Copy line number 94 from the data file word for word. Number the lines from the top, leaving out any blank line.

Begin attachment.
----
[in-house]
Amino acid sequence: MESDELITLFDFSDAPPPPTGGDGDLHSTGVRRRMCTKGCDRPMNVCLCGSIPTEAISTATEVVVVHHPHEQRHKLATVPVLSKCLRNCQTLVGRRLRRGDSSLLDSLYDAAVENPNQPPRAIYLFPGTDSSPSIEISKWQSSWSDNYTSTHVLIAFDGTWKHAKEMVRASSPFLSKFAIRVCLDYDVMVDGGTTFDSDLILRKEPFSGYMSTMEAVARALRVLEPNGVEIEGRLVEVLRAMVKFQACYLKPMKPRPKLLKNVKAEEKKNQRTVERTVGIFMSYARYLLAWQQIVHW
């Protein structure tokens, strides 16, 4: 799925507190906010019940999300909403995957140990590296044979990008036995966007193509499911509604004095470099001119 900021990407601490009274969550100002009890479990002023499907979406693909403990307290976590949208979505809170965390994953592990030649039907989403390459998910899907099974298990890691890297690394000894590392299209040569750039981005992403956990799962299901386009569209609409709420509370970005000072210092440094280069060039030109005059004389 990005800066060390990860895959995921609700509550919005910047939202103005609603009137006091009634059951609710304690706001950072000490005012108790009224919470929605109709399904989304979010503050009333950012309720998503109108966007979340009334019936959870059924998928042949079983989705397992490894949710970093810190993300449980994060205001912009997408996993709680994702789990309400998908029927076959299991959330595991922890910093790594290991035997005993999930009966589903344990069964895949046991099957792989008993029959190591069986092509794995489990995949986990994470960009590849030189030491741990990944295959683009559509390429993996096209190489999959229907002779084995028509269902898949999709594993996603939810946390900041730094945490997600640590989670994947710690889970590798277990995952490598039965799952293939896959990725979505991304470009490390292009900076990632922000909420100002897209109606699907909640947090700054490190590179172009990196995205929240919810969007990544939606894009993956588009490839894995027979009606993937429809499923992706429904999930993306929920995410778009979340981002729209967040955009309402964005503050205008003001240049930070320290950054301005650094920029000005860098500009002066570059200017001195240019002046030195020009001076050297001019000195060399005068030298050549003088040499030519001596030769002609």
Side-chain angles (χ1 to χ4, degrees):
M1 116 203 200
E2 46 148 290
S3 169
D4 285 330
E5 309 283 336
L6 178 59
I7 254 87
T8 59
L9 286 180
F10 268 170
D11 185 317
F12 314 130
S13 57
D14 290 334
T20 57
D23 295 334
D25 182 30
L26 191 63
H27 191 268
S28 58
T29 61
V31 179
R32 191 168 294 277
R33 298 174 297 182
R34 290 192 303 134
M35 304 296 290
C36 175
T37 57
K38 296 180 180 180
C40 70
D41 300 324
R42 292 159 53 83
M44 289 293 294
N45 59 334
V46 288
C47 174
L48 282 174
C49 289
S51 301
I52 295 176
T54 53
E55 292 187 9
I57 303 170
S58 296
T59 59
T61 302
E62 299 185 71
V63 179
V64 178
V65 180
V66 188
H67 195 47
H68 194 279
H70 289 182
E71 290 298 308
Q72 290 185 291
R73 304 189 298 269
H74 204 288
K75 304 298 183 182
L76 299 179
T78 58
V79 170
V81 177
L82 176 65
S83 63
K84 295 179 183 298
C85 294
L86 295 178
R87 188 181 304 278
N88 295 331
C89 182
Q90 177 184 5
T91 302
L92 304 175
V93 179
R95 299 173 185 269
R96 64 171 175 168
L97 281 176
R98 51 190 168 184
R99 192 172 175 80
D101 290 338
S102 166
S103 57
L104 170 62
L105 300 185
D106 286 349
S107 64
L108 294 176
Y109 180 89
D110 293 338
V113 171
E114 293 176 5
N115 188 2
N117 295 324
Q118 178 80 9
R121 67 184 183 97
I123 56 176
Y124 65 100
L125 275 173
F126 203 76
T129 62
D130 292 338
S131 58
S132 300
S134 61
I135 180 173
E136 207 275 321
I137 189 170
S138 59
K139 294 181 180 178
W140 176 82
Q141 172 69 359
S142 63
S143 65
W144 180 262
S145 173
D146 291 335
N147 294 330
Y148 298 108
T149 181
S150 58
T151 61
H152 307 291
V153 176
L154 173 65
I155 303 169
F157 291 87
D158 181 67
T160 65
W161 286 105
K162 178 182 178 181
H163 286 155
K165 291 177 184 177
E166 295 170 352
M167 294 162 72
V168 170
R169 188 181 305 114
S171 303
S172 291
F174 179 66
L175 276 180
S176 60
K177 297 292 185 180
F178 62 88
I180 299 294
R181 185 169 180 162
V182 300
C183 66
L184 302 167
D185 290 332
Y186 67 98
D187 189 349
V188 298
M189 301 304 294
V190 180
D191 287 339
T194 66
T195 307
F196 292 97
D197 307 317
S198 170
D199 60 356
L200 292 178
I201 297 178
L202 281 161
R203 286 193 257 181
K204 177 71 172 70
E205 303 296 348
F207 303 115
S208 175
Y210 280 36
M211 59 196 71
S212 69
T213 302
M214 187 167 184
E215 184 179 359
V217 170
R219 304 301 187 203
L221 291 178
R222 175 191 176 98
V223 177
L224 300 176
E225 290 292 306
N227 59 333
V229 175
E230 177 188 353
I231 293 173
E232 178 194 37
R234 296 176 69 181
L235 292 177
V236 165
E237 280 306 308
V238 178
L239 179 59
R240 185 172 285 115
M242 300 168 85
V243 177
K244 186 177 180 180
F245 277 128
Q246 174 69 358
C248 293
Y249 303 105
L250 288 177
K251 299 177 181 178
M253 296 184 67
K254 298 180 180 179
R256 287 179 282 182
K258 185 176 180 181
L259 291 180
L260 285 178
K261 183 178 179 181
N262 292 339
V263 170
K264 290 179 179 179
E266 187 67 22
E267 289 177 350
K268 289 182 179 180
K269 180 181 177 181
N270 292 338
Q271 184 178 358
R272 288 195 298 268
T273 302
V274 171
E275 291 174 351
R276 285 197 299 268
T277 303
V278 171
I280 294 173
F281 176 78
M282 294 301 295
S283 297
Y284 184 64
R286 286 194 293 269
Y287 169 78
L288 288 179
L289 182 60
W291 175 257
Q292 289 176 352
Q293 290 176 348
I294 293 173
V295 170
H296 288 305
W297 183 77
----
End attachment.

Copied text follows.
D110 293 338